June 25, 2009

GEA, board talks fail

Impasse
GEA, board talks fail
By STU MERRY and JILL DENNING GACKLE
Silence fell over the room as the words were said.
“We’re at impasse.”
The words from Gary Thune, an attorney hired to conduct the negotiations for the Garrison School Board with the teachers, reverberated throughout the boardroom.
With that, members of the Garrison Education Association filed out of the meeting room silent, wearing a look of disappointment. There was no agreement. A final offer by the Garrison School Board Negotiating Committee was turned down by GEA. A counter offer by the teachers wasn’t even given a second thought. The matter now lies in the hands of a third party.
At what would turn out to be the final negotiations meeting Monday night the school board’s negotiations team, through Thune, laid out its final “take it or leave it” offer. The offer included an across-the-board raise of $2,000 per teacher for 2009-10 with a base starting salary of $27,500.
The following school year, the base would be $29,500 with an across-the-board raise of $3,000 per teacher. The cost to the district would be $303,200 over the course of the two school years, according to the board.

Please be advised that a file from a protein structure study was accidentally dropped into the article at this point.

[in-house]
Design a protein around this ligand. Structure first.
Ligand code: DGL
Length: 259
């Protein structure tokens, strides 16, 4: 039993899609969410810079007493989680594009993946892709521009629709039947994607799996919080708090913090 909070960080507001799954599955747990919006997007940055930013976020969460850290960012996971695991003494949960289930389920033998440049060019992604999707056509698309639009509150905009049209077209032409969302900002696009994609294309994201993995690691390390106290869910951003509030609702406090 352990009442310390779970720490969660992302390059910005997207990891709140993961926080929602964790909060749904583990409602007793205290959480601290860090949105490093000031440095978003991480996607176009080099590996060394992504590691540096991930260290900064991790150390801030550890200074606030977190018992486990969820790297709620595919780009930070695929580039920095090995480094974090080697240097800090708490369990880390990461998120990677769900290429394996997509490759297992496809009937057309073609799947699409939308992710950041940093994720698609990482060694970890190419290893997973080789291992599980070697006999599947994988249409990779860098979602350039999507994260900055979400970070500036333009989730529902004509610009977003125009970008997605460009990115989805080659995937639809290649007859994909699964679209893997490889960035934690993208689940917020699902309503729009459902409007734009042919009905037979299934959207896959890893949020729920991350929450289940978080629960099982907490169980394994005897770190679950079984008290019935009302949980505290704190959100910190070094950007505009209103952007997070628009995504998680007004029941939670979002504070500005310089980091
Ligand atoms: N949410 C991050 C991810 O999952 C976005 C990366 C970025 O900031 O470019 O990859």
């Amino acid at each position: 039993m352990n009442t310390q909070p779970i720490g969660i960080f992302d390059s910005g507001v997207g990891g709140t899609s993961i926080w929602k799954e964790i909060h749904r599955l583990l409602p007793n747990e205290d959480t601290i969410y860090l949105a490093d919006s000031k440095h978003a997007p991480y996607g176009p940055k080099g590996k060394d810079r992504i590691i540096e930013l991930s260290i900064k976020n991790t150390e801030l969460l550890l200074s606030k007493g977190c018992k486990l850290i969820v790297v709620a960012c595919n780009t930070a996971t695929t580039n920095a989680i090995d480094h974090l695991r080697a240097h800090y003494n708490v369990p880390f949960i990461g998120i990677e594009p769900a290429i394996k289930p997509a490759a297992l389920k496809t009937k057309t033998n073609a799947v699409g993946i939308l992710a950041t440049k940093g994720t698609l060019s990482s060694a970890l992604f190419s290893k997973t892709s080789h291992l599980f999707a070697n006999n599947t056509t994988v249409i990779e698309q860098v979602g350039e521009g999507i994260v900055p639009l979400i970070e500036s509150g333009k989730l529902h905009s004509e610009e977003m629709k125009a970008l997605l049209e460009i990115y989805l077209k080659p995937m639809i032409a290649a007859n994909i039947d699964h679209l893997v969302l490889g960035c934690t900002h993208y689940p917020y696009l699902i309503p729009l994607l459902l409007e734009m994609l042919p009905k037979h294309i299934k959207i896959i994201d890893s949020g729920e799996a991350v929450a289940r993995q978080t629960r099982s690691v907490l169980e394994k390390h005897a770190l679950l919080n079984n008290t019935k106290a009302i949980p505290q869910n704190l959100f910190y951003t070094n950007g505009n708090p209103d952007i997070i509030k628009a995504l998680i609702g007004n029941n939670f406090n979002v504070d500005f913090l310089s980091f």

After receiving the proposal, GEA members caucused, then returned to the table questioning the estimated costs.
Hearing a clarification, GEA caucused once again. Coming back, a counter offer was given, one that has been on the table once before: a 6.5 percent raise for the first year and 8 percent for the following year.
Thune and the school’s negotiations team briefly caucused. There was no movement.
In the final discussion, GEA chief negotiator Dan Splichal said fair is not the same as equal. The sticking point for teachers is that an across-the-board increase gives a lower percentage increase to veteran teachers. “The proposal seems like it doesn’t value veteran teachers,” Splichal said. He said that under the board’s proposal, 19 teachers would be favored the first year and 11 would not; the second year 25 would be favored and seven would not.
 


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